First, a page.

Title: The Diffusion of Health Care Fraud: A Network Analysis
Date/Time: July 7, Thursday, 11:00 AM – 12:00 PM EST.
Abstract: Many studies have examined the diffusion of health care innovations but less is known about the diffusion of health care fraud. This webinar considers the diffusion of potentially fraudulent Medicare home health care billing in the United States during 2002-16, and the extent to which such diffusion might be explained by informal networks of units in the healthcare system. In the first part of the webinar, an overview of the construction of shared-patient networks from patient-physician encounter data will be provided. Then, in response to an a priori hypothesis about mechanisms enabling rapid diffusion of fraudulent strategies, a novel bipartite mixture (or BMIX) network index for patient-sharing in networks across home health care agencies will be developed. The HRR-level BMIX will be shown to be a strong predictor of above-average home care expenditures across HRRs, including in regions when expenditures have increased the most, and that it was much more predictive than any other network measure. Within HRRs analyses show that agencies sharing more patients with other agencies were associated with increases spending the following year, HRR-level analyses show that the BMIX index was also strongly associated with longer-term subsequent changes in home health billing, and additional analyses rule out reverse causation. These results highlight the importance of bipartite network structure in diffusion and in infection models more generally.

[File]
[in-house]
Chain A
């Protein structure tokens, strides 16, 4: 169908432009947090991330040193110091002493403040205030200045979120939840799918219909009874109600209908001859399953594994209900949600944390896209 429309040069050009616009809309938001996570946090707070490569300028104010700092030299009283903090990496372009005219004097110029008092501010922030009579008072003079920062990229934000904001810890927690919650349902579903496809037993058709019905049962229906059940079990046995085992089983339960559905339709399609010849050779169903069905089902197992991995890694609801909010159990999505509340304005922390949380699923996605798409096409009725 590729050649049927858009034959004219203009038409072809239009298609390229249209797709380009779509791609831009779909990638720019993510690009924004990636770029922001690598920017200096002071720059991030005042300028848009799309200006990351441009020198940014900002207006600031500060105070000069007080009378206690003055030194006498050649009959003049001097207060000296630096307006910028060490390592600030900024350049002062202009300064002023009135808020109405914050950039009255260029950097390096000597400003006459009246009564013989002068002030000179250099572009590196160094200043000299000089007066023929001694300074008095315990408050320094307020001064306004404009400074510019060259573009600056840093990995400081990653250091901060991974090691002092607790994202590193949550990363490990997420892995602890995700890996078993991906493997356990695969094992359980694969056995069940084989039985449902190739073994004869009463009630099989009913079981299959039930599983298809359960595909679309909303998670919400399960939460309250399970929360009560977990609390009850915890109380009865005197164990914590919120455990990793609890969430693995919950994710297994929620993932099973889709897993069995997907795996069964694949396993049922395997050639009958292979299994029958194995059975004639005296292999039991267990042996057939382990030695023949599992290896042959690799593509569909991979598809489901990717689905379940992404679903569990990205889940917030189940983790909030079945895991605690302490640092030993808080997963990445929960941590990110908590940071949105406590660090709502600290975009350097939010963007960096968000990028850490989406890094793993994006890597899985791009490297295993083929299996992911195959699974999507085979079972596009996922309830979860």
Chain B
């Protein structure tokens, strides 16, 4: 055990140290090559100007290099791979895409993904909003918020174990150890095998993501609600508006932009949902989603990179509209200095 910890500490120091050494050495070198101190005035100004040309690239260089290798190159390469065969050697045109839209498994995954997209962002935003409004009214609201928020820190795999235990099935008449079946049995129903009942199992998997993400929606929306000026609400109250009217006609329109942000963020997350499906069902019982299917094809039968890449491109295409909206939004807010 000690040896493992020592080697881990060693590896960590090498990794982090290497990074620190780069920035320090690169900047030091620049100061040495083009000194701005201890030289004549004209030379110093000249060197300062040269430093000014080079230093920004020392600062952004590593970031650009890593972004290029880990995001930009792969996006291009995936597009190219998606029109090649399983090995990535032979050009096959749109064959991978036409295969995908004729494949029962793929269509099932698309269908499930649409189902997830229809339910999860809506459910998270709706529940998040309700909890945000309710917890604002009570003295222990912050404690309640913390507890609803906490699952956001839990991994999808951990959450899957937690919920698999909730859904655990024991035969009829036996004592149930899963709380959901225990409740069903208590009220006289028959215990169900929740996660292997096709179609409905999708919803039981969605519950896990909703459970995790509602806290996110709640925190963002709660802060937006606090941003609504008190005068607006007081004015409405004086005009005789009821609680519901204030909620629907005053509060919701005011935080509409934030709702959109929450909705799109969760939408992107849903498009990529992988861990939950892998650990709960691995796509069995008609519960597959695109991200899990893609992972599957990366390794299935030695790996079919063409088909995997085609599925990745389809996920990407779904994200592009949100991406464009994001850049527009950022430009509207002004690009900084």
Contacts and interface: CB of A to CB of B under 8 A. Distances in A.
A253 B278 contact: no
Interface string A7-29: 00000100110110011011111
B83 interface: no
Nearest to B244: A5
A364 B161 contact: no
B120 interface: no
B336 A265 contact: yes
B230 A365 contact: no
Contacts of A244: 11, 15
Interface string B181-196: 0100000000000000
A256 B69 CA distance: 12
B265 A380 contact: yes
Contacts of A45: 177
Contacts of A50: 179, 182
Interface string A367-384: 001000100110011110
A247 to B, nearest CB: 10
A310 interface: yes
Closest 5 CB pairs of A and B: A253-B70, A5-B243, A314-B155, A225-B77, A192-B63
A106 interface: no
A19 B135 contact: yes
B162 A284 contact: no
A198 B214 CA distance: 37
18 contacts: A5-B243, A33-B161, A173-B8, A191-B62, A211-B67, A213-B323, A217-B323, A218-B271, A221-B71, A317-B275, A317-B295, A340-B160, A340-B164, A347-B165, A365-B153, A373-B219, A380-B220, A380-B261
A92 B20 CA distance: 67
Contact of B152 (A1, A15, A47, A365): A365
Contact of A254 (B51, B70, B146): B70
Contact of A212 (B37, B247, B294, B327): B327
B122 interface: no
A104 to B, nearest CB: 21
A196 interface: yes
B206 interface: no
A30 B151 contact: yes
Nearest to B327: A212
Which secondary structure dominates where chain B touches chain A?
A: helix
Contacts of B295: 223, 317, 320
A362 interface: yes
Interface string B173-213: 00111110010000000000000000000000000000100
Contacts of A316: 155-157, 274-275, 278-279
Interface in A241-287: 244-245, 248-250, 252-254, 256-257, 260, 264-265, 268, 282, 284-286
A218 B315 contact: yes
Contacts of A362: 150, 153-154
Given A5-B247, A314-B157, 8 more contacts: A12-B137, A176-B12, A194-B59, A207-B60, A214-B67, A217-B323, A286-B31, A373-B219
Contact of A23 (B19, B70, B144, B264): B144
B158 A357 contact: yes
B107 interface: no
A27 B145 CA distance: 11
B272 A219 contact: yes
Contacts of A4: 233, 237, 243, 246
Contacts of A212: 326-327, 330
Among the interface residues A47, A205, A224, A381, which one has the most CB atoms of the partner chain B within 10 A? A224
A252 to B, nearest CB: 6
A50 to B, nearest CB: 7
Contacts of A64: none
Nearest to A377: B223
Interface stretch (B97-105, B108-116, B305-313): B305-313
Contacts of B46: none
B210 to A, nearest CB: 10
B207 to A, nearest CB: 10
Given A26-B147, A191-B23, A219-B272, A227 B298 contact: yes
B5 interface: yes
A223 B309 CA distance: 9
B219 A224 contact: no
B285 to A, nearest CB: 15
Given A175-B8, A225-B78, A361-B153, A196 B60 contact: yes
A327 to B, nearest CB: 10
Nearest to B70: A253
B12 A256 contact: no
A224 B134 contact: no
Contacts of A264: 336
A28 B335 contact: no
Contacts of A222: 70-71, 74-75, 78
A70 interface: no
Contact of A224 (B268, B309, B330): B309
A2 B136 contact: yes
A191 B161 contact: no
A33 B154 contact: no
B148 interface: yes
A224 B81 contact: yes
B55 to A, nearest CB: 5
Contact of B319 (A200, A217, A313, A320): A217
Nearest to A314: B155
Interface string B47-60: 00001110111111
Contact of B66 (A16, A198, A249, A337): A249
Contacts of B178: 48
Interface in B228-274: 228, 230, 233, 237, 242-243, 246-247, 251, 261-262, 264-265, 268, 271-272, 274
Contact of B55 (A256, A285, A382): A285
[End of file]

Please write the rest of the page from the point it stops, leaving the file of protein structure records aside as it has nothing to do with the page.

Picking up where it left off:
Acknowledgements: Joint work with Jon Skinner and Tom Bulbolz
Bio of the speaker: James O'Malley, Ph.D., is the Peggy Y. Thomson Professor of the Evaluative Clinical Sciences in The Dartmouth Institute of Health Policy and Clinical Practice, a Professor of Biomedical Data Science at the Geisel School of Medicine at Dartmouth, and an Adjunct Professor in the Departments of Computer Science and Mathematics at Dartmouth College. He is a statistician with methodological interests encompassing statistical inference for social networks, comparative effectiveness research including causal inference for both randomized and observational studies, multivariate hierarchical models, and Bayesian statistics. His subject matter research interests include the relationship between health and social networks, evaluation/estimation of variations in health quality and outcomes, vascular surgery, cardiology, and evaluation of medical devices. He has published over 220 peer-reviewed research papers and given numerous invited talks at conferences and academic institutions. He was Director of the Program in Quantitative Biomedical Sciences (QBS) from 2018 - 2020 and currently is Co-Director of the Ph.D. Program in Health Policy and Clinical Practice. In 2011 he received the Mid-career Excellence award from the Health Policy Section of the ASA, in 2012 was elected to be a fellow of the ASA, and in 2019 the ISPOR (International Society of Pharmacoeconomics and Outcomes Research) Health Economics and Outcomes Research Excellence in Methodology Award.
This webinar will be offered online via Zoom. Please register to receive the Zoom link (one day before the webinar).